CFP: Future Prospects for Art History in Central Europe: Questions, Methods, Topics


Future Prospects for Art History in Central Europe: Questions, Methods, Topics

A workshop organised at Masaryk University, Faculty of Arts, Department of Art History

 on 17-18 June 2020

 What are the most prominent and important issues motivating art historians in east-central Europe at present? Are they methodological? Political? Thematic? Curatorial / museological? Conceptual? Or are they to do with debates relating to a particular period or geographical question?

This workshop is intended to provide a forum for considering answers to that question and for an assessment of the current state of art history in east-central Europe. Its aim, too, is to identify one or more potential projects that might give art historical practice in east-central Europe a higher profile and underpin an application for a European Research Council synergy grant (

Since 1989, art historians from countries such as Poland, the Czech and Slovak Republics, Hungary and Romania have benefitted from unprecedented intellectual freedom, yet their voice has often still to be heard on the wider global stage. Where they gain international attention, it is mostly as authorities on specifically ‘national’ questions, or the wider problematics of ‘east-central Europe.’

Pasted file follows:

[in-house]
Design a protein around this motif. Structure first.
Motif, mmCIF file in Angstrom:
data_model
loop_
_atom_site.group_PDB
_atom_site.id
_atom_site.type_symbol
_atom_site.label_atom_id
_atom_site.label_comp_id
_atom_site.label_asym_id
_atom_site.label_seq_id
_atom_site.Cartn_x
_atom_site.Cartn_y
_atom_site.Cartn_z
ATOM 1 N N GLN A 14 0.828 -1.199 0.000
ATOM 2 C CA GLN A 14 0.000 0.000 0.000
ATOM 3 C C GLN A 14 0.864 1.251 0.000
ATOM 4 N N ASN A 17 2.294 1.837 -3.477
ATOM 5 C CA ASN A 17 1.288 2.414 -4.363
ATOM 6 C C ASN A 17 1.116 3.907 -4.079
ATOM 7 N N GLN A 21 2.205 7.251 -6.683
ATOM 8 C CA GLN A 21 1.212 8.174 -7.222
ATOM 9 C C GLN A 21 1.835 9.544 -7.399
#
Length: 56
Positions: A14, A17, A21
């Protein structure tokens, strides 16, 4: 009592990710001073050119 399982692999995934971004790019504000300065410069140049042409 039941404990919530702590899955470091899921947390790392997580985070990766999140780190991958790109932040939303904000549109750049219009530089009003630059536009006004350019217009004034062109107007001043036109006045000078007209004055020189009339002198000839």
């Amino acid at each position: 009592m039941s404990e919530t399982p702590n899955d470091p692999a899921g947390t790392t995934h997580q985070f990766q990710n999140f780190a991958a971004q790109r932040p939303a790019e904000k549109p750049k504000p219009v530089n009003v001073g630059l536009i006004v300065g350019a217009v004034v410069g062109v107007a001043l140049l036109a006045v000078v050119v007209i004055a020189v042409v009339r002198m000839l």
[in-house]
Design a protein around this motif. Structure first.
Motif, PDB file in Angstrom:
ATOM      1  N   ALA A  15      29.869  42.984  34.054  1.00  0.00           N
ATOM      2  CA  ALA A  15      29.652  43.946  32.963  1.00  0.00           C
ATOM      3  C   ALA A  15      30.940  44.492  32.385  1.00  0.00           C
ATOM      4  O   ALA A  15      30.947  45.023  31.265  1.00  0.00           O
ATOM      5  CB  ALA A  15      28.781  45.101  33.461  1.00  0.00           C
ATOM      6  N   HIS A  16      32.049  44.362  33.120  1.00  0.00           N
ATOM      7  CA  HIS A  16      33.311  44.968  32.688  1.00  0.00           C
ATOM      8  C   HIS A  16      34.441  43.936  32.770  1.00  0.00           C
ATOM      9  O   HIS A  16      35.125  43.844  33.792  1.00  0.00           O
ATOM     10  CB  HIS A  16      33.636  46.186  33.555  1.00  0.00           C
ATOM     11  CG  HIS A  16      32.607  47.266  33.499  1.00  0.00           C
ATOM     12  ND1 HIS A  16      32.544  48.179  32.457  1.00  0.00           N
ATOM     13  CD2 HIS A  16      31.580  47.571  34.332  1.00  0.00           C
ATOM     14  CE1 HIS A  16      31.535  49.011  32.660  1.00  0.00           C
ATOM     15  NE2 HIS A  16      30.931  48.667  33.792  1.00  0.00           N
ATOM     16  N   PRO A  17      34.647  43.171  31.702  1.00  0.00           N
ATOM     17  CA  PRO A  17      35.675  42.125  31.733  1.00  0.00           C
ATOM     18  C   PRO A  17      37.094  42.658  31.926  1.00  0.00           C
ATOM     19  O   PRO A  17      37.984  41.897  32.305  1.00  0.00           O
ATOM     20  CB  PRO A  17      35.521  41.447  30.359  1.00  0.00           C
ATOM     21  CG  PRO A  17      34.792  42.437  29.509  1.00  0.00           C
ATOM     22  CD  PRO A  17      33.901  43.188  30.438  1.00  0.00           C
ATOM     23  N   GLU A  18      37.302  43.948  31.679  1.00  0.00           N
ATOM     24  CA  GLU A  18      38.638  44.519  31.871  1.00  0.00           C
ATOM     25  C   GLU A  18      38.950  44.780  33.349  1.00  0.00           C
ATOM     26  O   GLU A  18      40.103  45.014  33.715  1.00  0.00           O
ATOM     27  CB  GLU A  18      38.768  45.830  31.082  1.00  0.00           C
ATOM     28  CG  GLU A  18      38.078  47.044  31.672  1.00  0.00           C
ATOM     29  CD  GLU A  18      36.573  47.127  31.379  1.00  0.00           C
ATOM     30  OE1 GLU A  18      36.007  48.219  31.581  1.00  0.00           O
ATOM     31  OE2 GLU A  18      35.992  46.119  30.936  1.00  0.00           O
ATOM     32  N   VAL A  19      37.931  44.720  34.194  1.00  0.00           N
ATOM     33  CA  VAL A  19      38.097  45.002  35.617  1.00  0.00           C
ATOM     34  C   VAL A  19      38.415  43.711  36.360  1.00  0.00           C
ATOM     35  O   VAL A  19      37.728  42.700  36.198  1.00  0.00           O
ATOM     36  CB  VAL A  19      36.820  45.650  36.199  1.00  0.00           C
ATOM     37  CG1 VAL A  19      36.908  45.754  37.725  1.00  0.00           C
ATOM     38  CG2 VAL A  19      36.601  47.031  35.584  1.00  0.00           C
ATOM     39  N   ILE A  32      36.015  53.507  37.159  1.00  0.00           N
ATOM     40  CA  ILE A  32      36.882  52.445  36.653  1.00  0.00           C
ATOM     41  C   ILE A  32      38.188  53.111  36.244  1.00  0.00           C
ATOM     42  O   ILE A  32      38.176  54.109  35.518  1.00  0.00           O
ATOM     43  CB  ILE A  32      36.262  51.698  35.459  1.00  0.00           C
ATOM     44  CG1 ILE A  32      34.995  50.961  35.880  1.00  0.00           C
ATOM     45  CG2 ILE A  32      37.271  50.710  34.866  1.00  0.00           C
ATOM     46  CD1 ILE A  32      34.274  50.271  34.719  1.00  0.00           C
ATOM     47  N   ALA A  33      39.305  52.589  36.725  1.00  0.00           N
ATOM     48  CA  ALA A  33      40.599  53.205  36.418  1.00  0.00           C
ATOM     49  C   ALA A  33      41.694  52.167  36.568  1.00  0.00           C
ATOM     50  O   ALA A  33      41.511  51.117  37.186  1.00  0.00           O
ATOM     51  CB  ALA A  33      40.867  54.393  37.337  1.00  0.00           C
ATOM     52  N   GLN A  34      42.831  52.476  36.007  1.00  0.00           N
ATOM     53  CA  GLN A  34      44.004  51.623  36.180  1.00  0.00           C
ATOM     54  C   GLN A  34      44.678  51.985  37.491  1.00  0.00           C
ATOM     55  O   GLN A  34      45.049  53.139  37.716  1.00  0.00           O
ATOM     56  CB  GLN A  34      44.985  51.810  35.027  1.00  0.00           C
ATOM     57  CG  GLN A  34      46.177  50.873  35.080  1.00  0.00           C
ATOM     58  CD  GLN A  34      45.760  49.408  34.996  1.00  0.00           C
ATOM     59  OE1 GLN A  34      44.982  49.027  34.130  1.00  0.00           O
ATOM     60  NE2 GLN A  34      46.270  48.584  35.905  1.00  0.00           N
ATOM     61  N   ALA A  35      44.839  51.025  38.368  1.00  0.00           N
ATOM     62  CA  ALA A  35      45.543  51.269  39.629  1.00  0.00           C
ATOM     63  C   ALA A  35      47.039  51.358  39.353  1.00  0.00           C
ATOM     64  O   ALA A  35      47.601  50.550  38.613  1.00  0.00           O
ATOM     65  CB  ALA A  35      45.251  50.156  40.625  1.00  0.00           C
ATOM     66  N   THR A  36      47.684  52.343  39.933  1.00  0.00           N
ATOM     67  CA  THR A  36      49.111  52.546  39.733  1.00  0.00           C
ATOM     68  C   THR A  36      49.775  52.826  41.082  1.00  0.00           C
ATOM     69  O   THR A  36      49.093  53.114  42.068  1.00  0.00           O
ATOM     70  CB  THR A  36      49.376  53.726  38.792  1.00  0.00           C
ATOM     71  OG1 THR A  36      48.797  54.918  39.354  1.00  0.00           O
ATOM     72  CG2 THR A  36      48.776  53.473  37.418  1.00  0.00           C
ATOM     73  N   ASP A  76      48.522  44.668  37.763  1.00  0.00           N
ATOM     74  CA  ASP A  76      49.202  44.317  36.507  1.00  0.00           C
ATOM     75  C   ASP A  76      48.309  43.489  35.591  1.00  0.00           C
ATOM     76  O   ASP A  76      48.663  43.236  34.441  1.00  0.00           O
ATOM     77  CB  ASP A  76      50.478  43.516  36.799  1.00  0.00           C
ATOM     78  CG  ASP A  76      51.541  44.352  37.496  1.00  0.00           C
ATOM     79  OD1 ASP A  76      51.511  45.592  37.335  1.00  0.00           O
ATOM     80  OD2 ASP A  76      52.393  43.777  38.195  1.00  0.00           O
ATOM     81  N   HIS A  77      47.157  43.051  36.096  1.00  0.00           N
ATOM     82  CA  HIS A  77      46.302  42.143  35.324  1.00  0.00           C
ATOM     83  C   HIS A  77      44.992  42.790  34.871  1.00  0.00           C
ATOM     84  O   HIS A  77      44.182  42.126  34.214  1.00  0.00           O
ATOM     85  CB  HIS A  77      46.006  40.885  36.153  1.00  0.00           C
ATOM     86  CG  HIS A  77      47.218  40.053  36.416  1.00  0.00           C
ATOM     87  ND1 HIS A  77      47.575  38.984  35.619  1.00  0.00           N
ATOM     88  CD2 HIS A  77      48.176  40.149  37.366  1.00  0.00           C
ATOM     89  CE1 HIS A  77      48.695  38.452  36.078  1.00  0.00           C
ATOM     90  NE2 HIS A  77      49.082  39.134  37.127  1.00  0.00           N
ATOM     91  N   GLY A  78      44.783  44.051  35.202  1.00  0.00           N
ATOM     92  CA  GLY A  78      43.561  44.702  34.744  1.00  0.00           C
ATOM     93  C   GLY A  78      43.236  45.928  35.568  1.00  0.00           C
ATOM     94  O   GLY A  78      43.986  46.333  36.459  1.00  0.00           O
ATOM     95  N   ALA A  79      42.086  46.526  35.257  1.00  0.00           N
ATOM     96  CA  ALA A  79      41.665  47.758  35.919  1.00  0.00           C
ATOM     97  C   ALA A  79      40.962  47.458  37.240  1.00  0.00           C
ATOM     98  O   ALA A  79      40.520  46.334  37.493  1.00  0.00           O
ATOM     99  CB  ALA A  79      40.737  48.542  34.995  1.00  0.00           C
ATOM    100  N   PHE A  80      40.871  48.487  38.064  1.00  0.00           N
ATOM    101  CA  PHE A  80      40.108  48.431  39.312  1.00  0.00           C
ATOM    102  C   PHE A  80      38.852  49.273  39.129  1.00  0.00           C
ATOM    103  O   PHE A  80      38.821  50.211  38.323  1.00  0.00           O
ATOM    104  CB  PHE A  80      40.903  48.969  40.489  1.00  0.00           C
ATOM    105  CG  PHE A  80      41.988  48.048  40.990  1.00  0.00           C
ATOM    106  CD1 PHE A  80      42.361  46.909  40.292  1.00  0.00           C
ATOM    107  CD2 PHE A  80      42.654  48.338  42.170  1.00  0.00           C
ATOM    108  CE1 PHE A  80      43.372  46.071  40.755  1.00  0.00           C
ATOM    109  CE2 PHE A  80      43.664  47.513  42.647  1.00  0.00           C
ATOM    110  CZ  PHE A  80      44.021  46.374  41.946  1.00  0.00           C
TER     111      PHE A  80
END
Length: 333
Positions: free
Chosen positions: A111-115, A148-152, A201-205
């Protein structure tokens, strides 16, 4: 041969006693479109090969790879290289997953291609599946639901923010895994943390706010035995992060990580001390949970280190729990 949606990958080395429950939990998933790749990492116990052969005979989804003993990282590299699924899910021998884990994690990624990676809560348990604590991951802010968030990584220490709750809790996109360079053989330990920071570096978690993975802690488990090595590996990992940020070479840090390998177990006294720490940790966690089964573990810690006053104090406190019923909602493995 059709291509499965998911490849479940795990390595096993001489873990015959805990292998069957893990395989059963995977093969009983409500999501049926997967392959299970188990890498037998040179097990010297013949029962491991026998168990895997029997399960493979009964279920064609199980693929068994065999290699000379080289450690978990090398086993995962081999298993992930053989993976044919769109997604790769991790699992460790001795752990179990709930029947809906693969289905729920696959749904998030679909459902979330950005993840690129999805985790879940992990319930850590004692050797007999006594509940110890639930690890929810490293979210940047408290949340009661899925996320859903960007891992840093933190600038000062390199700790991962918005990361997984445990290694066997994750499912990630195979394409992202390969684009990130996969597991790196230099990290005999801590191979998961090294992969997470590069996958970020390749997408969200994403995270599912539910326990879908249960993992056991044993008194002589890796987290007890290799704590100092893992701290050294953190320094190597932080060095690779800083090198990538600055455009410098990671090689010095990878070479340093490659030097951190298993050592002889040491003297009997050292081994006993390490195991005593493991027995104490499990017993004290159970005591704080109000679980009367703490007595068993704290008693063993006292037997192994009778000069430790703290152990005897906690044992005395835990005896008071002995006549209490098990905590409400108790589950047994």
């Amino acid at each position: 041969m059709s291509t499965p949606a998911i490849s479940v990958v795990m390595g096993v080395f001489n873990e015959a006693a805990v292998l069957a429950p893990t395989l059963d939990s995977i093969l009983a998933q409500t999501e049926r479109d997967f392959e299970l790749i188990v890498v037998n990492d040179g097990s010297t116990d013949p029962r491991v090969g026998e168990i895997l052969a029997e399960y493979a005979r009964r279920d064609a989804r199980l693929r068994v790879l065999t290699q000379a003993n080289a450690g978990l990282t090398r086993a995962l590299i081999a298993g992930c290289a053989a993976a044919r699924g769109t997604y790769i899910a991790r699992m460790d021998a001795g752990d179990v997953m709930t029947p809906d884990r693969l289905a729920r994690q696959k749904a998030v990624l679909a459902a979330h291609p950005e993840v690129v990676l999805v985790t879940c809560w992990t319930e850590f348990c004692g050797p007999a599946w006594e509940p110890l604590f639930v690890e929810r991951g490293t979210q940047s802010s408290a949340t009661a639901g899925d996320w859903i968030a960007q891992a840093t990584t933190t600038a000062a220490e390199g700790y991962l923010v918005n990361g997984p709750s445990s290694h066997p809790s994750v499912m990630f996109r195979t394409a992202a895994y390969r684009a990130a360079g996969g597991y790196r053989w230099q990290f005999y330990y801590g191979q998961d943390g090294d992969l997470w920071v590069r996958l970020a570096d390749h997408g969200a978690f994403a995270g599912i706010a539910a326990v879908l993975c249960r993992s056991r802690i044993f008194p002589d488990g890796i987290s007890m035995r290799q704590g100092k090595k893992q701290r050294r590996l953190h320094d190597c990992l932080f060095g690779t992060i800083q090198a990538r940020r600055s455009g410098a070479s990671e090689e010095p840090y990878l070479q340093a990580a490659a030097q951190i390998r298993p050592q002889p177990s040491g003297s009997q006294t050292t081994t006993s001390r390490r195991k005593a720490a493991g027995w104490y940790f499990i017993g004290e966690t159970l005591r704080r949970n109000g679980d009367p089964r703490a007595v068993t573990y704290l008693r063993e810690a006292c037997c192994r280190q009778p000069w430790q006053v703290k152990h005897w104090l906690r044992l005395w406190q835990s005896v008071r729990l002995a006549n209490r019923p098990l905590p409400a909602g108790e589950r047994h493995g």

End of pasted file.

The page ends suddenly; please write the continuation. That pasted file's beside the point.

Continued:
Does this mean they will always be consigned to relative historiographic isolation? Or is it possible to find a voice that has wider resonance? If so, what form might that take? What are the most pressing contemporary concerns of art historians from east-central European countries, but which are not necessarily about the art of east-central Europe? What do art historians in east-central Europe have in common with their peers elsewhere? In what ways can they develop greater collaboration that goes beyond transnational research into the art of east-central Europe?

Speakers are asked to focus on a single question, topic or methodological issue they regard as being of particular significance for the present and future development of the discipline.

It may relate to art of any time: from prehistory to contemporary art. Topics might include, for example: research technologies; period concepts; new interpretative methodologies and aesthetic concepts; publication strategies; curatorial practices; the national-political and linguistic framing of research; the geographical organization of the map of art history; new modes of art historical representation; new political imperatives.

They may also address practices from east-central Europe but, equally, speakers are encouraged to consider how they relate to art and architecture across the globe. For example, do art historians approach art and architecture elsewhere in a way that is distinctive? Do their own intellectual traditions and socio-political circumstances shape the way they interpret art? Has the history of the art and architecture of east-central Europe prompted debates and questions that have pertinence for art history more generally?